Himalayan Leaders offer a trek that includes the Mani Rimdu festival. This hike is for people who want to learn about the culture of Nepal. We start our climb after a 45-minute flight from Kathmandu. We spent many days in the mountains before we got to Tengboche for the festival. The noise is louder by the mountain air.
The conversation breaks down, and everyone looks at the entrance to the temple, where a line of solemn-faced monks is coming out. First, they put on orange silk robes and yellow crescent-shaped hats that looked like they might fall off. After that, they carry a variety of instruments, such as bugles made from human bones, giant conch shells, and long brass horns.
But in the area, the horns are called dun Chen because they make deep, hoarse sounds that announce the festival. Every year, the monks of Tengboche Monastery in the Khumbu area of Nepal put on this Buddhist Dance Drama. The temple, or gompa, inside the monastery is where these high-altitude events take place. This place is on a large plateau that is almost 4,000 meters above sea level. Some of the tallest mountains in the world are on top of the gompa. Like Thamserku (6608m), Kangteiga (6779m), and Taboche (6542m), the top of Mount Everest (8848m) can be seen above the Lhotse-Nuptse Wall. It is about two kilometers away.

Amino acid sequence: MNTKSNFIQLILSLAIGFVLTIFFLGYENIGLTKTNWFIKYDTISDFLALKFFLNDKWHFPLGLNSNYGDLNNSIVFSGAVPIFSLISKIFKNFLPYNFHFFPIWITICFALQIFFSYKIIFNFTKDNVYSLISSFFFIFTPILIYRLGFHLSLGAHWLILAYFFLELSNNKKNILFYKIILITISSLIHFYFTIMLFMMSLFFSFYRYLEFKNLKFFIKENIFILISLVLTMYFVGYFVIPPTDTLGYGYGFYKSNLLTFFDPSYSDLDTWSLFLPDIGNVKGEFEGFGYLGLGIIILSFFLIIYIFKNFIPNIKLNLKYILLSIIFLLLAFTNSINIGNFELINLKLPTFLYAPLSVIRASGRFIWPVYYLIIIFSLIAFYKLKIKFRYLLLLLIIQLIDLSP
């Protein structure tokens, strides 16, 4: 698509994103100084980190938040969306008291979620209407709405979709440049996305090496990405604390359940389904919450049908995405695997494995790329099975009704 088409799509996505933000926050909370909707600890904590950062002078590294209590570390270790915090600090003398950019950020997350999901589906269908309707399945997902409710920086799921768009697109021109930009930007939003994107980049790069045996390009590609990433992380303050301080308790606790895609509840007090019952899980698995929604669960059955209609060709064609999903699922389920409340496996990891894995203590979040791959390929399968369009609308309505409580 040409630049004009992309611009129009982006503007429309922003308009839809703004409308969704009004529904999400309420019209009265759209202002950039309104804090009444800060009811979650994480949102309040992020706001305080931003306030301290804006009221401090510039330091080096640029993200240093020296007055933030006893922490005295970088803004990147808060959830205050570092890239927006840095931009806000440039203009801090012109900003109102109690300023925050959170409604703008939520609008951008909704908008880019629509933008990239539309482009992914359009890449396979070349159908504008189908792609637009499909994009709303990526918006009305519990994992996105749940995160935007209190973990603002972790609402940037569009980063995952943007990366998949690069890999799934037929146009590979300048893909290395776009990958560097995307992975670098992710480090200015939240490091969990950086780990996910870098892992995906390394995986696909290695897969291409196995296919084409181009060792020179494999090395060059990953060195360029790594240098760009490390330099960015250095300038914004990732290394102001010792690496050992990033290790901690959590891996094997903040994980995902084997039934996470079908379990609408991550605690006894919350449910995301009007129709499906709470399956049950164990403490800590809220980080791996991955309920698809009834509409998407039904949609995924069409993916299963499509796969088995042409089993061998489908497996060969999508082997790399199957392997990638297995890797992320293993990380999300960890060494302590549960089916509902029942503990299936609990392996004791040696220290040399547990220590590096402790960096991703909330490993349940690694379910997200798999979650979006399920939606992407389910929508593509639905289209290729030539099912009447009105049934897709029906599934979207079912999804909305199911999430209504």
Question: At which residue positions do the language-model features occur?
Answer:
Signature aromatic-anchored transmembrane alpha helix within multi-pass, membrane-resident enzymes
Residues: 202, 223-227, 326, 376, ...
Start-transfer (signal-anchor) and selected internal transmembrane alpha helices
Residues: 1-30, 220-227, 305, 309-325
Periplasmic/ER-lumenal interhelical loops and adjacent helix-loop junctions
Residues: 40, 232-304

About 36 monks and 25 students live in Tengboche Gompa. The Abbot Ngawang Tenzin Zangbu is in charge of this group. In the same way, the Abbot lived in Namche Bazaar when he was young. In the Khumbu Valley, Namche Bazaar is a busy place to buy and sell things. When he was a small child, he said he wanted to go back to his home in Tengboche. A wish that came at the same time as the death of the last Abbot, Lama Gulu. It thinks that the child could be the Lama coming back to life.
Also, monks from Tengboche brought a lot of things to Namche Bazaar to test him. Then, he chose all of the ones that had been Lama Gulu’s. Since he was five years old, he has been raised at Tengboche as the Reincarnate and Guru Rinpoche of the monastery.
The name Tengboche means “sacred bowl,” and the view from the gompa is of a clearing surrounded by dwarf firs and rhododendrons. Mani Rimdu is a festival that lasts for three days. It takes place right after the full moon in October. So, both Sherpas and tourists go to the scene to have fun and learn about the basics of Buddhism, which is an act that the Sherpas of Nepal started. The trek is a lasting experience of beautiful nature, amazing geology, and deep cross-cultural discovery.
Also, the Sherpa people who live in Khumbu, the big valley below Mount Everest, think that everything is holy, including mountains, plants, and animals. After seeing the festival for three days in Tengboche, we fly back to Kathmandu. Please keep in mind that there are several options for these Mani Rimdu festival treks.
Note: B=Breakfast, L= Lunch, D=Dinner